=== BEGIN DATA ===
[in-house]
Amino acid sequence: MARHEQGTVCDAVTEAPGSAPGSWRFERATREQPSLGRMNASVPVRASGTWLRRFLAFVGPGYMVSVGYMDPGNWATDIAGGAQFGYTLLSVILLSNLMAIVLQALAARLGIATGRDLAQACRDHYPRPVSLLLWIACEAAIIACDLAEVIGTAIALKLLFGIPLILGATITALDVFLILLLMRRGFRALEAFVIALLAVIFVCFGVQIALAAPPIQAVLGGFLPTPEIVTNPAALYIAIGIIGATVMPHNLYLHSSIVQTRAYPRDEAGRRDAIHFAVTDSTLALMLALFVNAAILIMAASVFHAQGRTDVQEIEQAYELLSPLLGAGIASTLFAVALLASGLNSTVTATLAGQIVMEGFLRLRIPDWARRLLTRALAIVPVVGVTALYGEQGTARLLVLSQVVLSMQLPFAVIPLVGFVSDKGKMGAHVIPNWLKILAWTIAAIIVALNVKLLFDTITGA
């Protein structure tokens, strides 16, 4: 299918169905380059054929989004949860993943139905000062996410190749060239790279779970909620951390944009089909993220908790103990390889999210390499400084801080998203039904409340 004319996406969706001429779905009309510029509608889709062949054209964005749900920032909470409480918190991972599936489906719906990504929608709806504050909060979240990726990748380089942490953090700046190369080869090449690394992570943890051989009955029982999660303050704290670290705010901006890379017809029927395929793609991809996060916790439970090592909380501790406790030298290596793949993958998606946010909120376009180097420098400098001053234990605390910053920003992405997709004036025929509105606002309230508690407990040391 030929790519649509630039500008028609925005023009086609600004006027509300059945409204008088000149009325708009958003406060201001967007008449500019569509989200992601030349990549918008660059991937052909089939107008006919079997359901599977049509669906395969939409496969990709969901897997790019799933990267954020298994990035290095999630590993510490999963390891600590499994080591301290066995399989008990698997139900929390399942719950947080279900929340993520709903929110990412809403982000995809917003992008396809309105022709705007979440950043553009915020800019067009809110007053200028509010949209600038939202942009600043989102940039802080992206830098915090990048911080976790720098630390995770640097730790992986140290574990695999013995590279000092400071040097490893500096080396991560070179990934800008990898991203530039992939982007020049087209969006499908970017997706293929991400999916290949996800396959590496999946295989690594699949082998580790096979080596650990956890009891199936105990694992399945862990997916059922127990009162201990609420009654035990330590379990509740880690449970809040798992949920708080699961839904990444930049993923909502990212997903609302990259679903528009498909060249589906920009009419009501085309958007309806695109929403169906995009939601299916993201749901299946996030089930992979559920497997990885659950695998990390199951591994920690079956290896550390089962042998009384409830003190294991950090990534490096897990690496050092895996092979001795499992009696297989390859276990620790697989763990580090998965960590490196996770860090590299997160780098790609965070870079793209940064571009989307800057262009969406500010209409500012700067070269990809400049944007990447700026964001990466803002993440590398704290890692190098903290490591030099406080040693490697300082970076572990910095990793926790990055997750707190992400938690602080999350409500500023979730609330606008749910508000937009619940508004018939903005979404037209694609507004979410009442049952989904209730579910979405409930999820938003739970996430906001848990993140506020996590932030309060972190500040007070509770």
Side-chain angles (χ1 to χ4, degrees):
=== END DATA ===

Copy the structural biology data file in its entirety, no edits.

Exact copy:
[in-house]
Amino acid sequence: MARHEQGTVCDAVTEAPGSAPGSWRFERATREQPSLGRMNASVPVRASGTWLRRFLAFVGPGYMVSVGYMDPGNWATDIAGGAQFGYTLLSVILLSNLMAIVLQALAARLGIATGRDLAQACRDHYPRPVSLLLWIACEAAIIACDLAEVIGTAIALKLLFGIPLILGATITALDVFLILLLMRRGFRALEAFVIALLAVIFVCFGVQIALAAPPIQAVLGGFLPTPEIVTNPAALYIAIGIIGATVMPHNLYLHSSIVQTRAYPRDEAGRRDAIHFAVTDSTLALMLALFVNAAILIMAASVFHAQGRTDVQEIEQAYELLSPLLGAGIASTLFAVALLASGLNSTVTATLAGQIVMEGFLRLRIPDWARRLLTRALAIVPVVGVTALYGEQGTARLLVLSQVVLSMQLPFAVIPLVGFVSDKGKMGAHVIPNWLKILAWTIAAIIVALNVKLLFDTITGA
């Protein structure tokens, strides 16, 4: 299918169905380059054929989004949860993943139905000062996410190749060239790279779970909620951390944009089909993220908790103990390889999210390499400084801080998203039904409340 004319996406969706001429779905009309510029509608889709062949054209964005749900920032909470409480918190991972599936489906719906990504929608709806504050909060979240990726990748380089942490953090700046190369080869090449690394992570943890051989009955029982999660303050704290670290705010901006890379017809029927395929793609991809996060916790439970090592909380501790406790030298290596793949993958998606946010909120376009180097420098400098001053234990605390910053920003992405997709004036025929509105606002309230508690407990040391 030929790519649509630039500008028609925005023009086609600004006027509300059945409204008088000149009325708009958003406060201001967007008449500019569509989200992601030349990549918008660059991937052909089939107008006919079997359901599977049509669906395969939409496969990709969901897997790019799933990267954020298994990035290095999630590993510490999963390891600590499994080591301290066995399989008990698997139900929390399942719950947080279900929340993520709903929110990412809403982000995809917003992008396809309105022709705007979440950043553009915020800019067009809110007053200028509010949209600038939202942009600043989102940039802080992206830098915090990048911080976790720098630390995770640097730790992986140290574990695999013995590279000092400071040097490893500096080396991560070179990934800008990898991203530039992939982007020049087209969006499908970017997706293929991400999916290949996800396959590496999946295989690594699949082998580790096979080596650990956890009891199936105990694992399945862990997916059922127990009162201990609420009654035990330590379990509740880690449970809040798992949920708080699961839904990444930049993923909502990212997903609302990259679903528009498909060249589906920009009419009501085309958007309806695109929403169906995009939601299916993201749901299946996030089930992979559920497997990885659950695998990390199951591994920690079956290896550390089962042998009384409830003190294991950090990534490096897990690496050092895996092979001795499992009696297989390859276990620790697989763990580090998965960590490196996770860090590299997160780098790609965070870079793209940064571009989307800057262009969406500010209409500012700067070269990809400049944007990447700026964001990466803002993440590398704290890692190098903290490591030099406080040693490697300082970076572990910095990793926790990055997750707190992400938690602080999350409500500023979730609330606008749910508000937009619940508004018939903005979404037209694609507004979410009442049952989904209730579910979405409930999820938003739970996430906001848990993140506020996590932030309060972190500040007070509770």
Side-chain angles (χ1 to χ4, degrees):